By John Moore
Jan. 22, 2013
Ray Angel, blind since birth, joined Denver’s handicapped Phamaly Theatre Company for one reason:
“My wife and I were so darn shy, and we thought Phamaly would help us get over it,” Angel told me in a 2007 interview. “And it did.”
Angel has passed away, it was announced today on Phamaly’s facebook page:
Known by fellow actors as a sweet and caring man, Ray appeared in numerous Phamaly productions, including ‘Man of La Mancha’ ‘Anything Goes’ ‘Kiss Me Kate,’ ‘Damn Yankees,’ ‘Once Upon A Mattress,’ ‘The Pajama Game,’ ‘Guys & Dolls,’ ‘Joseph and the Amazing Technicolor Dreamcoat’ and ‘Urinetown.’
After Angel’s wife, Debbie, died in 1999, their daughter urged Ray “to get back on the stage … and back into contact with life,” he said.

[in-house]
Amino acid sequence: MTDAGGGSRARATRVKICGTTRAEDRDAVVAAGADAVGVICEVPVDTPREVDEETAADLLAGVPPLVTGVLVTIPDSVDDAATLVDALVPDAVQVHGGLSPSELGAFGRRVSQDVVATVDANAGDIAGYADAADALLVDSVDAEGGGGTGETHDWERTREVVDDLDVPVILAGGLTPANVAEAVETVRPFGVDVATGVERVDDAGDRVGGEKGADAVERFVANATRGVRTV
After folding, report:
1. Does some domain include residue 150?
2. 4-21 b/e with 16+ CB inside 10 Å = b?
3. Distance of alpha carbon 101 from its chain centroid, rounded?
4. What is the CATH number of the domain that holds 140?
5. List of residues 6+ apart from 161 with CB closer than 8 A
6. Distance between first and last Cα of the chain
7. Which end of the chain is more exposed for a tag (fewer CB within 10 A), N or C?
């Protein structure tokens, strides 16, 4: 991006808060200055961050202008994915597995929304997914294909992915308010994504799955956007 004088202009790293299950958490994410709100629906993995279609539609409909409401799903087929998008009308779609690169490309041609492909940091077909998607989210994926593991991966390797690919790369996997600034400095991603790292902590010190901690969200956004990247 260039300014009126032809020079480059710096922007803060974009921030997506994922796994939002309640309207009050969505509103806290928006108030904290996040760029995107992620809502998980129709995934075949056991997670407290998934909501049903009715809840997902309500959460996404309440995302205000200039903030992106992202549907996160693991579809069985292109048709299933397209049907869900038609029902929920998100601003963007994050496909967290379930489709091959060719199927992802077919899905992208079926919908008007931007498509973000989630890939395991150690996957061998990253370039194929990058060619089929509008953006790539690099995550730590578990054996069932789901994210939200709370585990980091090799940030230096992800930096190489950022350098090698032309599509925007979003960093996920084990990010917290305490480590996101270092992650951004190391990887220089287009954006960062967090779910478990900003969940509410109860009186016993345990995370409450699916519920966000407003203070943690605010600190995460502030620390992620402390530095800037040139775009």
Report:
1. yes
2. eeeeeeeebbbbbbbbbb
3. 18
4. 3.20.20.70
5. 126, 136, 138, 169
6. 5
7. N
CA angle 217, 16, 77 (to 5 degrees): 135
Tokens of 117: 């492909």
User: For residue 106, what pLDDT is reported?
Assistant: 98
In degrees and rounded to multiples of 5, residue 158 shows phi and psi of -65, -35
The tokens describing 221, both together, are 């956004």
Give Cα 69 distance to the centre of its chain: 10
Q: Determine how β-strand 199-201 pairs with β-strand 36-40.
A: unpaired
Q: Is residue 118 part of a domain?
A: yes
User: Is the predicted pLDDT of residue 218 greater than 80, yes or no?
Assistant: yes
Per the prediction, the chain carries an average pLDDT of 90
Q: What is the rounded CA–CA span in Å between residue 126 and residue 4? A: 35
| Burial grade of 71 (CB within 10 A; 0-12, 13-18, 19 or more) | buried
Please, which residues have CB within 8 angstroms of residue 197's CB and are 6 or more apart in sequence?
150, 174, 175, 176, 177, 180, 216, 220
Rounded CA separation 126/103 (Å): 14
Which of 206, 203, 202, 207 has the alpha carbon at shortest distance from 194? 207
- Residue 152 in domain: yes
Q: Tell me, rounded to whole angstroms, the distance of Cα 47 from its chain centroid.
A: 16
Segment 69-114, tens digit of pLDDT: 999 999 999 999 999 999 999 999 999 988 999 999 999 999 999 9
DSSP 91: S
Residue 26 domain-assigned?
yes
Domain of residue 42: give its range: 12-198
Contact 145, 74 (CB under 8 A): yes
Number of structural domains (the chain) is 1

And he did.
Angel was one of eight blind actors cast in Phamaly’s 2007 staging of “Urinetown.” It’s a cuttingly clever musical satire of corporate greed, set in a drought-plagued city where water is so precious, you must “pay to pee” – or else.
Director Steve Wilson had the epiphany to cast all his rich characters – the ones who profit off the suffering of the poor – with visually impaired actors. Call it a case of the blind leading the backed-up.
A grave side memorial service will be held for Angel at 10 a.m. Feb. 8 at Golden Cemetery, 755 Ulysses St., Golden. Pot luck to follow at the family home.
Phamaly is the only theater company in town that is so often touched by death that it maintains a memorial list in its programs. In addition to Debbie Angel, the names include Paul Bilzi, Greg Britton, Caroline Buhr, Daniel Cohen, Dan Davidson, Chaz Jacobsen, Diana Kurlyak, Devry Leeds, Judi Myers, James McKenna, Kurt Niblack, Chris Robinson, Christopher Simmons and Mike Spoomer.